Chief Wizard Note: This is a review copy very kindly send by Jim Alexander. To get a copy of Good Cop Bad Cop 3, I strongly recommend that you give your self a treat and do get it, it will be available at the book launch  at the Geek-aboo comic mart (74 High Street, Glasgow) on 23 Jan 2016.  In attendance will be writer Jim Alexander and Editor and Publisher Ed Murphy.    Alternatively you can order the book online from the Planet Jimbot shop:

Friday, January 15, 2016

Night Rounds. Helene Tursten. Laura A. Wideburg (Translation) Soho Press (2012)

A very engaging and enjoyable Swedish police procedural. A nurse is killed in a small, private Swedish hospital and the only witness claims to have seen the hospital ghost doing her rounds at the time of the murder. Inspector Irene Huss is assigned to the case and has to try and establish what actually did happen at the hospital. When it becomes clear that a second nurse is missing the investigation becomes much more complicated. The investigation steadily uncovers a unexpected history that is linked to the hospital and to the ghost, that finally lead to a very well staged confrontation and happily unexpected conclusion.
Detective Irene Huss is a great lead character, thankfully Helene Tursten is willing to allow her to be a competent, capable police professional, surrounded by mostly, equally competent colleagues and with a stable home life. This means that the story can move comfortably between Irene Huss at work and home without any melodrama and with credible tensions in both that drive the story forward and engage the reader.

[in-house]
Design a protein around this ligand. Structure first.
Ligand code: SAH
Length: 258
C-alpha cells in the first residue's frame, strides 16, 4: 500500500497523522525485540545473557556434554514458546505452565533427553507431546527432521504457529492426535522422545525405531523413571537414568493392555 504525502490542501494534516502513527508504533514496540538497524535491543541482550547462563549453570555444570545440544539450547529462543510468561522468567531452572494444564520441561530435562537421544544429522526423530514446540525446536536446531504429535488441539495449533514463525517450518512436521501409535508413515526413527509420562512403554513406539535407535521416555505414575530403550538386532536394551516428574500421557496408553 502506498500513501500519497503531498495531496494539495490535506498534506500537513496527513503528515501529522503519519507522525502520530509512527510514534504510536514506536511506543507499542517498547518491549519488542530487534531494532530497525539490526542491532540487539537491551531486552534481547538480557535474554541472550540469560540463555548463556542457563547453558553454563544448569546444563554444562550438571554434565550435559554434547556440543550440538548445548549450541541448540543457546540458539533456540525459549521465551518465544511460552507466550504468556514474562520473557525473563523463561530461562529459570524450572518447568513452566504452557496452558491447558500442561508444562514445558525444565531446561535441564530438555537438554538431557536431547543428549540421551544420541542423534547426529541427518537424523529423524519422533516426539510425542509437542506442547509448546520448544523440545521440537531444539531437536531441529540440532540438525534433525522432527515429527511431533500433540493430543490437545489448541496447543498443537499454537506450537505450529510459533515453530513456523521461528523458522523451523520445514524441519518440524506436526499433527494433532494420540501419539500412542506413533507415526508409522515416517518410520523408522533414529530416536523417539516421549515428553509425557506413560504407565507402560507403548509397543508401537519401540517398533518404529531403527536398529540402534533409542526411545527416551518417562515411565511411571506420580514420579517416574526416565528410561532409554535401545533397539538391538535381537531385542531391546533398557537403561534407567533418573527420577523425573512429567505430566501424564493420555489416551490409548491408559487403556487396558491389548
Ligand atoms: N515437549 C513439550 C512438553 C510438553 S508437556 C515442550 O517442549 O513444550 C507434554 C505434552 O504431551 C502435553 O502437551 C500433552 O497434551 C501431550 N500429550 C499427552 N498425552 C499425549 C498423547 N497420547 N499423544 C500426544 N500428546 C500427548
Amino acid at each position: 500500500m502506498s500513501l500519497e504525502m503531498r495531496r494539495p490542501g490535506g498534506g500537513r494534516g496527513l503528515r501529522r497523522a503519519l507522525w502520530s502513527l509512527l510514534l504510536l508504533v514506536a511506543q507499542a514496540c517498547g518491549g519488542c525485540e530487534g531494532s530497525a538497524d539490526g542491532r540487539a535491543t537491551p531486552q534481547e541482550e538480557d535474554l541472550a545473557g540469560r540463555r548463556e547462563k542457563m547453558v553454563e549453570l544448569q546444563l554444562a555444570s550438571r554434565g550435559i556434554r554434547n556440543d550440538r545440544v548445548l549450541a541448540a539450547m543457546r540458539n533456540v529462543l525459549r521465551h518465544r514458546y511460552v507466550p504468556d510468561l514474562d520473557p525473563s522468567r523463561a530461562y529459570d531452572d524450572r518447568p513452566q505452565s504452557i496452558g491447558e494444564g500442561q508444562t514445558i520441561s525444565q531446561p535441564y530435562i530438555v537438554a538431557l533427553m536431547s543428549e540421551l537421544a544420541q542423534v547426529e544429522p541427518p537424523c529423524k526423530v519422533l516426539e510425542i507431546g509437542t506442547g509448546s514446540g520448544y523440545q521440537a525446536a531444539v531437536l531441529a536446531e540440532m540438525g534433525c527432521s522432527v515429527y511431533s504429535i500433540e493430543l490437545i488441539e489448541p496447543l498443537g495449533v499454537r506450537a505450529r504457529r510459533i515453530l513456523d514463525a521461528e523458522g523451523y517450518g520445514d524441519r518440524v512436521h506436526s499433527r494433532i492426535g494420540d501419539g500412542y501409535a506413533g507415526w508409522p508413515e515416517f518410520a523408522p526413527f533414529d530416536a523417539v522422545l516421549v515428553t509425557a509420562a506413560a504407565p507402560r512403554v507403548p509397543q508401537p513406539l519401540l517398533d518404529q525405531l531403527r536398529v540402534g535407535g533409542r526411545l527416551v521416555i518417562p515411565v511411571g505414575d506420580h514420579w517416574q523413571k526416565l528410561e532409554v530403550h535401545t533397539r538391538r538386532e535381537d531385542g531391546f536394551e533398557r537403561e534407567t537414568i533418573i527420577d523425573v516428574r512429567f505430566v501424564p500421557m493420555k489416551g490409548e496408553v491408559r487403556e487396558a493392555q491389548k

The supporting cast are equally engaging, they are all given the time and attention needed to get the readers attention and they emerge strongly in thier own right. None of them feel like plot devices, the action of the story involves them and is driven by them rather than the reverse.
Helene Tursten skillfully provides two sub plots , one professional and one personal that run neatly alongside the main story thread. The professional sub plot is concerned with sexual harassment at work and the way it is responded to on an organisational and a personal level. The event itself feels a little to staged, the ripples and consequences are very credibly and sharply described, the personal and professional trade-off that are revealed are relevant and make a forceful point without stepping outside the bounds of the story.The domestic events are handled with equal skill allowing for family dynamics that are complex and durable.
The plot mechanics for the main story thread are excellent, the investigation moves very thoughtfully and the reveals are very well staged. The reader is lead carefully from one possibility to another without being force fed plot points.
Laura A. Wideburg's translation is wholly transparent, the story is entirely Swedish and the language feels natural and direct. A very smart crime story, well worth reading.